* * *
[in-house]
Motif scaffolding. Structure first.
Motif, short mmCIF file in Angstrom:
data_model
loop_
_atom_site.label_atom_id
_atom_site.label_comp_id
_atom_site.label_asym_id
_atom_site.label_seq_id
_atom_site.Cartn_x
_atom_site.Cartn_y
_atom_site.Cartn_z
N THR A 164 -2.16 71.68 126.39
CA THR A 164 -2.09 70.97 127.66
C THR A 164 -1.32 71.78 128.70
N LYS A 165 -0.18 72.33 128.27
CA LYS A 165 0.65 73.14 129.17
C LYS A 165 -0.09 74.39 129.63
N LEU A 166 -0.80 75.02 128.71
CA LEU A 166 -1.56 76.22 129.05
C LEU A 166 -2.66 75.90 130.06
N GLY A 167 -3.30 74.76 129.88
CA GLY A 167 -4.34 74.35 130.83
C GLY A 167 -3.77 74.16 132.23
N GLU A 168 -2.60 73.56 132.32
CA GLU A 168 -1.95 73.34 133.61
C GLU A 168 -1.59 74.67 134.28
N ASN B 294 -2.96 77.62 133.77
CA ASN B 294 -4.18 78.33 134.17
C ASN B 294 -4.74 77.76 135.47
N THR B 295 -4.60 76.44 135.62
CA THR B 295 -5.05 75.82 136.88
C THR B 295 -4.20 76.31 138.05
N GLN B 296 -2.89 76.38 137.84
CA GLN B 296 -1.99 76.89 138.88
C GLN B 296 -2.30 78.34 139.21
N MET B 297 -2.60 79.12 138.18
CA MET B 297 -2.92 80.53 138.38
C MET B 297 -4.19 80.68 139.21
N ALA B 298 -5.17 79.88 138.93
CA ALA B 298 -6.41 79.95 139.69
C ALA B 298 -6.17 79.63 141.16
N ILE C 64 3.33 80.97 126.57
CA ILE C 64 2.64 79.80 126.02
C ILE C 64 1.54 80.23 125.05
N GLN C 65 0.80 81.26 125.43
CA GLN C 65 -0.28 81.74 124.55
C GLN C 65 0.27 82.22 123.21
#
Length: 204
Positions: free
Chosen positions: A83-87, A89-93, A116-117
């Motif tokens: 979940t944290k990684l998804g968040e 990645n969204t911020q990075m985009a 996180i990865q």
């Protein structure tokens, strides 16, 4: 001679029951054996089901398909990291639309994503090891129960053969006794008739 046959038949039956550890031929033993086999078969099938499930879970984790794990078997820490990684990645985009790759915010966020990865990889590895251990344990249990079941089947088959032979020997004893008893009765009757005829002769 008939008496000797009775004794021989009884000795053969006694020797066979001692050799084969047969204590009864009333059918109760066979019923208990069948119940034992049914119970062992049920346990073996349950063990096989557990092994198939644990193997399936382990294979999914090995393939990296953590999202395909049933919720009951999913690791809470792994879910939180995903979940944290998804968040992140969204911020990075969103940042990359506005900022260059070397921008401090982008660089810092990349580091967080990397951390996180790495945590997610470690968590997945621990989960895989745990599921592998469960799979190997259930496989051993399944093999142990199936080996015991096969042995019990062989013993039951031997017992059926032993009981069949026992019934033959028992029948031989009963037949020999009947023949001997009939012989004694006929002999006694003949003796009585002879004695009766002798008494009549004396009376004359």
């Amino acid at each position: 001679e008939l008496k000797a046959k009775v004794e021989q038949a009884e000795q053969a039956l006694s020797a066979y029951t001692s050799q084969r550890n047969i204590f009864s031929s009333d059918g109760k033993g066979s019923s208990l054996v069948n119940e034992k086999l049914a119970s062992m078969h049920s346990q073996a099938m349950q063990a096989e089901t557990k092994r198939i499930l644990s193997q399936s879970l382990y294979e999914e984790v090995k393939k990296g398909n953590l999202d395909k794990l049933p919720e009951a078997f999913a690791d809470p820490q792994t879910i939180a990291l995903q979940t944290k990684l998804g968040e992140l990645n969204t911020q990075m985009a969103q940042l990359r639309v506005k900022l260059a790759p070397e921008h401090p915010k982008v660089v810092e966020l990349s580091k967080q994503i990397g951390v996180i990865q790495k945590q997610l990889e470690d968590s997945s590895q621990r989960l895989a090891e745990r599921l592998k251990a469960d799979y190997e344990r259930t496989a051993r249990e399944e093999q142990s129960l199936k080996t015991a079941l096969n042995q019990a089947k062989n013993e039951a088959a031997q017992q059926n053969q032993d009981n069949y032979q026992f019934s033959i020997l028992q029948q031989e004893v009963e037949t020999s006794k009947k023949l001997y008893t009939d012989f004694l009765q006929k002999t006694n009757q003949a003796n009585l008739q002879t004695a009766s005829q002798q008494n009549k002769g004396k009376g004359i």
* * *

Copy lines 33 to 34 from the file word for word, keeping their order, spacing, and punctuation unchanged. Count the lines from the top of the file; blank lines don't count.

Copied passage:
C THR B 295 -4.20 76.31 138.05
N GLN B 296 -2.89 76.38 137.84